The Economies of Southeast Asia, Second Edition
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The Economies of Southeast Asia, Second Edition

Before and After the Crisis

Jose L. Tongzon

This updated and fully revised second edition provides a comprehensive examination of issues of paramount importance for Southeast Asian economies including: the economic implications of the 1997 Asian crisis for both older and newer members of ASEAN; the role of government and FDI in ASEAN economic growth and development; trade patterns with the US, Japan and the EU and the economic implications of China’s accession to the WTO for ASEAN countries; the environmental consequences of industrialisation and growth; the emergence of economic growth triangles and their contribution to ASEAN growth and regional cooperation; the prospects and challenges of ASEAN economic cooperation before and after the crisis; and the key challenges facing ASEAN member countries in the aftermath of the crisis.
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Jose L. Tongzon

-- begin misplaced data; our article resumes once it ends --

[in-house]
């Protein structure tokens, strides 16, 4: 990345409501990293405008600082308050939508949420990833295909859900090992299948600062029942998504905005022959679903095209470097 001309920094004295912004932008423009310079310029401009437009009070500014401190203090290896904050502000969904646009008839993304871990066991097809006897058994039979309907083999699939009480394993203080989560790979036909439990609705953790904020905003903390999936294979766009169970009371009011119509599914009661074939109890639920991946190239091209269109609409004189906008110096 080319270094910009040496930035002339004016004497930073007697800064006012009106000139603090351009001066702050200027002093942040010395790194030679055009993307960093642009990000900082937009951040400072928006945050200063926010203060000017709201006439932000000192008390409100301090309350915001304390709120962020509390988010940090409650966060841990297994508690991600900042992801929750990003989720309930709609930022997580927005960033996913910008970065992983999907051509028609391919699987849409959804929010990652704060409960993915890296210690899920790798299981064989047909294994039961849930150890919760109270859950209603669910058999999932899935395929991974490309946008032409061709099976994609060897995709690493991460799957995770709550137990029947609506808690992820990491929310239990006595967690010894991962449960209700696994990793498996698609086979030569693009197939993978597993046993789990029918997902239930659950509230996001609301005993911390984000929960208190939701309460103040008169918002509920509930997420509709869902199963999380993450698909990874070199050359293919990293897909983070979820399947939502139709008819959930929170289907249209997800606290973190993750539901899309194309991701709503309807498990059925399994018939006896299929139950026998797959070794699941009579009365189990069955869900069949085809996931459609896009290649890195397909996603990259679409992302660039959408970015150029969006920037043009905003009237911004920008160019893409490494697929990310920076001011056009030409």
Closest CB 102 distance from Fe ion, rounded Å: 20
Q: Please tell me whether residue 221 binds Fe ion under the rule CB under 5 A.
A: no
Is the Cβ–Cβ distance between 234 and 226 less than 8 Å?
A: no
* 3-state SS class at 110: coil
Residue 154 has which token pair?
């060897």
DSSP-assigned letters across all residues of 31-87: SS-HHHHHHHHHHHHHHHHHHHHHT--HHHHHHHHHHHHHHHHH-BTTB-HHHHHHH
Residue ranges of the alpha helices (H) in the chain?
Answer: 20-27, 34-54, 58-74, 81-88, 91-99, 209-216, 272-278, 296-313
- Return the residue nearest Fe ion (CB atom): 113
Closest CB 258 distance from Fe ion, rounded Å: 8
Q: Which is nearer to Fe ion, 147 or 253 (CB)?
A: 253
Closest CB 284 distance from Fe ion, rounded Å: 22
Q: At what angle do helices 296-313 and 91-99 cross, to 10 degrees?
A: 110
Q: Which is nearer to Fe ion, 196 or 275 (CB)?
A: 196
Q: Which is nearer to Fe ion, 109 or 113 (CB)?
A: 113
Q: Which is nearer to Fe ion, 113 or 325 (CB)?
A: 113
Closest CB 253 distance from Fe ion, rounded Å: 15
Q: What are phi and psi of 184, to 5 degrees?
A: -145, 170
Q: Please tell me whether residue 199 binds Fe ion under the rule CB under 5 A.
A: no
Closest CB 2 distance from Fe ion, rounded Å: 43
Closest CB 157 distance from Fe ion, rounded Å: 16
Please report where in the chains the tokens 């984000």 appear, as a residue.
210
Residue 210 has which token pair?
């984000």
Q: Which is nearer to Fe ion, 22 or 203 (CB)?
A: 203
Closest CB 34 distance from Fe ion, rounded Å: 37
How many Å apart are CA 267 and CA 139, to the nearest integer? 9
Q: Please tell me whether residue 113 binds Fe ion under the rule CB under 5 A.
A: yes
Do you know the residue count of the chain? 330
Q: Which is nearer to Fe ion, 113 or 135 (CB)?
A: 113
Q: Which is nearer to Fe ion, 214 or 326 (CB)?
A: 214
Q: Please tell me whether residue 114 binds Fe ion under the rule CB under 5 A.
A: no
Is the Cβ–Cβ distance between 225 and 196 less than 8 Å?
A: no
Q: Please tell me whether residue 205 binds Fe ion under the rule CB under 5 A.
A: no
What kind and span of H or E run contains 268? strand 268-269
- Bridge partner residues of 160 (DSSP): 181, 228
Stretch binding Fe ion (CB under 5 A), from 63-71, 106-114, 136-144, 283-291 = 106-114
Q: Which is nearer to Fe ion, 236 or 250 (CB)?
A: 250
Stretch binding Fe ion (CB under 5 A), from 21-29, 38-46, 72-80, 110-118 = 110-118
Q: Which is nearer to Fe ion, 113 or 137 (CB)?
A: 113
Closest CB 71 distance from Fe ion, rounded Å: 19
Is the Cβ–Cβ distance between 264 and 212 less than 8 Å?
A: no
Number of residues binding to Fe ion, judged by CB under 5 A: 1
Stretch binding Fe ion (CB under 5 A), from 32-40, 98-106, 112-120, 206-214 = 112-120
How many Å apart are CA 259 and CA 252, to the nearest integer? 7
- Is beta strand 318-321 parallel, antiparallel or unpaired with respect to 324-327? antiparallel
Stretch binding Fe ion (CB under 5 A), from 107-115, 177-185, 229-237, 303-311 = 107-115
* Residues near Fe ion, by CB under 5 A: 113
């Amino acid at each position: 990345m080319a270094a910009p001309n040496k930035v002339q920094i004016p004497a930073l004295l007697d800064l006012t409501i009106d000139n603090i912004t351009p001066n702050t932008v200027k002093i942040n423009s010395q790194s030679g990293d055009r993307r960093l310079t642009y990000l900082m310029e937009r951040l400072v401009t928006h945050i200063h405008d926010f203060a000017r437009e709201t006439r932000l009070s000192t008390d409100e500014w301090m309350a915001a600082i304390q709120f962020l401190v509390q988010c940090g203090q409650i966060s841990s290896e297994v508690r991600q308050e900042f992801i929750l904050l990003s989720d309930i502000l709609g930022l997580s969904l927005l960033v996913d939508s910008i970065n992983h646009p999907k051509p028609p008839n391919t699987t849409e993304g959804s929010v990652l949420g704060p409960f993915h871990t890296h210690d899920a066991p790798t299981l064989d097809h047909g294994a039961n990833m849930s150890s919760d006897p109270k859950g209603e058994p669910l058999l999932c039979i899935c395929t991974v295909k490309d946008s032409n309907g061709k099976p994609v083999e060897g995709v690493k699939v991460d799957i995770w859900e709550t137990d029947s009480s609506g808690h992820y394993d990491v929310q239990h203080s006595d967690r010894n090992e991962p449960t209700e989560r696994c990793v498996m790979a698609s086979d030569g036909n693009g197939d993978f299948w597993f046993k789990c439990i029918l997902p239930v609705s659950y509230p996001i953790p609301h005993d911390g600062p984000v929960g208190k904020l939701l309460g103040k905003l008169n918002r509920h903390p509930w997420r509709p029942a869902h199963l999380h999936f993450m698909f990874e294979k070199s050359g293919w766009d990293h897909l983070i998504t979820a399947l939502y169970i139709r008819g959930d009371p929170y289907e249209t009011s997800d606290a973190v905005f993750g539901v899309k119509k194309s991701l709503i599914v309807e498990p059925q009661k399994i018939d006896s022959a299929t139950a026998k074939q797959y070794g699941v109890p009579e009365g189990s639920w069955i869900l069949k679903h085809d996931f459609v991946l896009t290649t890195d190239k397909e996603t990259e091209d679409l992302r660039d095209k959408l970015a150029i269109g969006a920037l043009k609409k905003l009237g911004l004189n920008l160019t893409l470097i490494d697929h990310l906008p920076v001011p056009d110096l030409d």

Throughout the second half of the 1980s and the entire decade of the 1990s we have witnessed a spectacular economic performance by most of the founding members of the Association of Southeast Asian Nations (ASEAN), only to be interrupted by an economic crisis which severely gripped the Southeast Asian region in the years 1997 and 1998.1 For instance, for the period of 1987 to 1992 the growth rates of the ASEAN5 (Indonesia, Malaysia, the Philippines, Singapore and Thailand) had averaged 7.3 percent. This average growth rate was well above that posted by the developed market economies (2.8 percent) as a group, above that achieved by North America (2.5 percent) and generally above the world growth rate (2.2 percent). As a result of their high growth rates, their standards of living, as measured by their per capita incomes and other quality of life indicators, have vastly improved. Over the same pre-crisis period the per capita income of the ASEAN5 countries grew on average by 5.1 percent, although the individual country experiences varied with Thailand posting a remarkable growth of 8.3 percent, followed by Singapore (6.4 percent). The Philippines, because of its numerous economic and political problems in the 1980s, only managed to grow in per capita terms by less than 1 percent during the same period. But overall they have graduated from the ranks of low-income countries, as classified by the World Bank, to the ranks of middle- and in some cases uppermiddle-income countries. Singapore in particular has enjoyed the highest...

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